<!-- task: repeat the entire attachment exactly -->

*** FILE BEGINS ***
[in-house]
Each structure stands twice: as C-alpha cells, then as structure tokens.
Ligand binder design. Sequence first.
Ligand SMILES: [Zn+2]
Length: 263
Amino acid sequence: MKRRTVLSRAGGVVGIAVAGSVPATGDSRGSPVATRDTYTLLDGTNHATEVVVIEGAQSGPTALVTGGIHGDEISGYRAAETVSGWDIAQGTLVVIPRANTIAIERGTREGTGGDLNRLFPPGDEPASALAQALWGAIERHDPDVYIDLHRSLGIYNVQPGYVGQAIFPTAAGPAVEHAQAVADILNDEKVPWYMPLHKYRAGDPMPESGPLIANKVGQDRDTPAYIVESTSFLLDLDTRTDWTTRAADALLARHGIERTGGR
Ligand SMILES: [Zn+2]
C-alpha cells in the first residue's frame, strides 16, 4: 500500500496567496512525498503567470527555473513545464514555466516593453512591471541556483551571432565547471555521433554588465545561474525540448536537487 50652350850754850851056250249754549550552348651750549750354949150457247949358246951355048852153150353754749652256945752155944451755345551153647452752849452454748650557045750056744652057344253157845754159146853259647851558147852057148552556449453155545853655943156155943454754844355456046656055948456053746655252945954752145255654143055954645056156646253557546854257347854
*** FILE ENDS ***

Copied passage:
[in-house]
Each structure stands twice: as C-alpha cells, then as structure tokens.
Ligand binder design. Sequence first.
Ligand SMILES: [Zn+2]
Length: 263
Amino acid sequence: MKRRTVLSRAGGVVGIAVAGSVPATGDSRGSPVATRDTYTLLDGTNHATEVVVIEGAQSGPTALVTGGIHGDEISGYRAAETVSGWDIAQGTLVVIPRANTIAIERGTREGTGGDLNRLFPPGDEPASALAQALWGAIERHDPDVYIDLHRSLGIYNVQPGYVGQAIFPTAAGPAVEHAQAVADILNDEKVPWYMPLHKYRAGDPMPESGPLIANKVGQDRDTPAYIVESTSFLLDLDTRTDWTTRAADALLARHGIERTGGR
Ligand SMILES: [Zn+2]
C-alpha cells in the first residue's frame, strides 16, 4: 500500500496567496512525498503567470527555473513545464514555466516593453512591471541556483551571432565547471555521433554588465545561474525540448536537487 50652350850754850851056250249754549550552348651750549750354949150457247949358246951355048852153150353754749652256945752155944451755345551153647452752849452454748650557045750056744652057344253157845754159146853259647851558147852057148552556449453155545853655943156155943454754844355456046656055948456053746655252945954752145255654143055954645056156646253557546854257347854